Analyzing Ether’s (ETH) current price chart paints a bearish picture which is largely justified by the 11% drop over the past month, but other traditional finance assets faced more extreme price corrections in the same period. The Invesco China Technology ETF ($CQQ) is down 31% and the Russell 2000 declined by 8%.
Ether price at FTX, in USD. Source: TradingView
Currently, traders fear that losing the descending channel support at $2,850 could lead to a stronger price downturn, but this largely depends on how derivatives traders are positioned along with the Ethereum network’s on-chain metrics.
According to Defi Llama, the Ethereum network’s total value locked (TVL) flattened in the last 30 days at 27 million Ether. TVL measures the number of coins deposited on smart contracts, including decentralized finance (DeFi), NFT marketplaces, gaming and high-risk applications.
The Ethereum network’s average transaction fee increased to $13 after bottoming at $11.50 on April 20 but one should analyze whether this reflects decreased use of decentralized applications (DApps) or merely if it is users benefiting from layer-2 scaling solutions.
Ether’s futures premium tilts toward bears
Traders use Ether futures market data to understand how professional traders are positioned, but unlike the standard perpetual futures, the quarterly contracts are whales and market makers’ preferred instruments because they can avoid the fluctuating funding rate.
The basis indicator measures the difference between longer-term futures contracts and the current spot market levels. In neutral markets, the Ether futures annualized premium should run between 5% to 12% to compensate traders for “locking in” the money until the contract expiry.
Ether 3-month futures annualized premium. Source: Laevitas.ch
The current 2% Ether futures basis clearly shows the lack of demand for leverage buyers. Although not precisely a backwardation (negative premium), an annualized futures premium below 5% is usually deemed bearish.
This data tells us that pro traders have been neutral-to-bearish in the past couple months, but to exclude externalities that might have influenced derivatives data, one should analyze the Ethereum network on-chain data. For example, monitoring the network use tells us whether actual use cases support the demand for Ether.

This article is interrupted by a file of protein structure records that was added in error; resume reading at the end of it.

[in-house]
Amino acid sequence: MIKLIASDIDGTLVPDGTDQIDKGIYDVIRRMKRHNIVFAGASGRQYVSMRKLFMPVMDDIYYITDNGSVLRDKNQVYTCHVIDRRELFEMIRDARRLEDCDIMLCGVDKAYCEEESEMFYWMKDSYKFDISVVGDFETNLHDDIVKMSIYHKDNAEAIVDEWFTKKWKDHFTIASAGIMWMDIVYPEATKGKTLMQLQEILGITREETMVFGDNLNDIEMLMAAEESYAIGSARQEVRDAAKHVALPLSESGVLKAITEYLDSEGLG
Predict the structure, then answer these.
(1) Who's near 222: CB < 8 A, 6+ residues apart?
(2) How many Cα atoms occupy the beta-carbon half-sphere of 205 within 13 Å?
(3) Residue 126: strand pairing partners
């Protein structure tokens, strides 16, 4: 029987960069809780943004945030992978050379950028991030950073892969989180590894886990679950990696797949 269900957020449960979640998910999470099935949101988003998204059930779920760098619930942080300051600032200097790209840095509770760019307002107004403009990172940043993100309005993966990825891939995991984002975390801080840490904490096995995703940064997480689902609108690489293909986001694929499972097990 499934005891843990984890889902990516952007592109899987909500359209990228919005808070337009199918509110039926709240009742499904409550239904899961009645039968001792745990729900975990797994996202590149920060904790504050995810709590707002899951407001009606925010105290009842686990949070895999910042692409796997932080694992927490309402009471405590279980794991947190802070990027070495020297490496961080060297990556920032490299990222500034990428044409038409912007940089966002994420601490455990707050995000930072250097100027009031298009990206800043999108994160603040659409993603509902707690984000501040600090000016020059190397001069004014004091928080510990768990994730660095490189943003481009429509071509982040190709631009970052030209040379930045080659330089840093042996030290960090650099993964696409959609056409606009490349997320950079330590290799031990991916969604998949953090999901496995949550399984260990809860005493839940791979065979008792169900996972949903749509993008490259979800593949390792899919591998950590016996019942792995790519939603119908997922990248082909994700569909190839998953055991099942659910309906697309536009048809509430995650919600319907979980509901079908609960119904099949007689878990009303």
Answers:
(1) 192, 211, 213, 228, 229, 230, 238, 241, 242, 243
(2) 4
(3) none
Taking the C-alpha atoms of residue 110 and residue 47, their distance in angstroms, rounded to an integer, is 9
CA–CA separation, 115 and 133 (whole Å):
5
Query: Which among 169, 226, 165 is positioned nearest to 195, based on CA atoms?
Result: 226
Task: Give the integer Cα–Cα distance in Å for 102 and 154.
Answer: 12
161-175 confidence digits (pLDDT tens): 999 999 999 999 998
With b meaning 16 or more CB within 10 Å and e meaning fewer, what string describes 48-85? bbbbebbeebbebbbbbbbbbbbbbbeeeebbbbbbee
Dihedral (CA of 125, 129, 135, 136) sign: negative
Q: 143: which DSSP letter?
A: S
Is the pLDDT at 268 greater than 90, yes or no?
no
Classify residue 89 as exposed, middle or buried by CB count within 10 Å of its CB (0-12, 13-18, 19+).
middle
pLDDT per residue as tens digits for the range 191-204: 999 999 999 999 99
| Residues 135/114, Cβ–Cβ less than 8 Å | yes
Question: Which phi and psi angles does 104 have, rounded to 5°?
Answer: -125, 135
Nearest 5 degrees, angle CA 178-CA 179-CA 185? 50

On-chain metrics are sluggish
Measuring the number of active addresses on the network provides a quick and reliable indicator of effective use. Of course, this metric could be misguided by the increasing adoption of layer-2 solutions, but it works as a starting point.
7-day average of active addresses on Ethereum. Source: CoinMetrics
The current 584,477 daily active addresses average is a 4% decrease from 30 days ago and nowhere near the 675,117 seen in November 2021. Thus, data shows that Ether token transactions are not showing signs of growth, at least on the primary layer.
Traders should rely on DApp usage indicators, but avoid exclusive focus on the TVL because that metric is heavily concentrated on DeFi applications. Gauging the number of active addresses provides a broader view.
Ethereum network 30-day DApps activity. Source: DappRadar
Ethereum DApps active addresses have flatlined over the past 30 days. Overall, the data is slightly disappointing, considering competing chains such as Solana saw a 34% active addresses increase.
Unless there’s decent growth in Ether transactions and DApp usage, the $2,850 descending support channel resistance might not hold, triggering a deeper short-term price correction.
The views and opinions expressed here are solely those of the author and do not necessarily reflect the views of Cointelegraph. Every investment and trading move involves risk. You should conduct your own research when making a decision.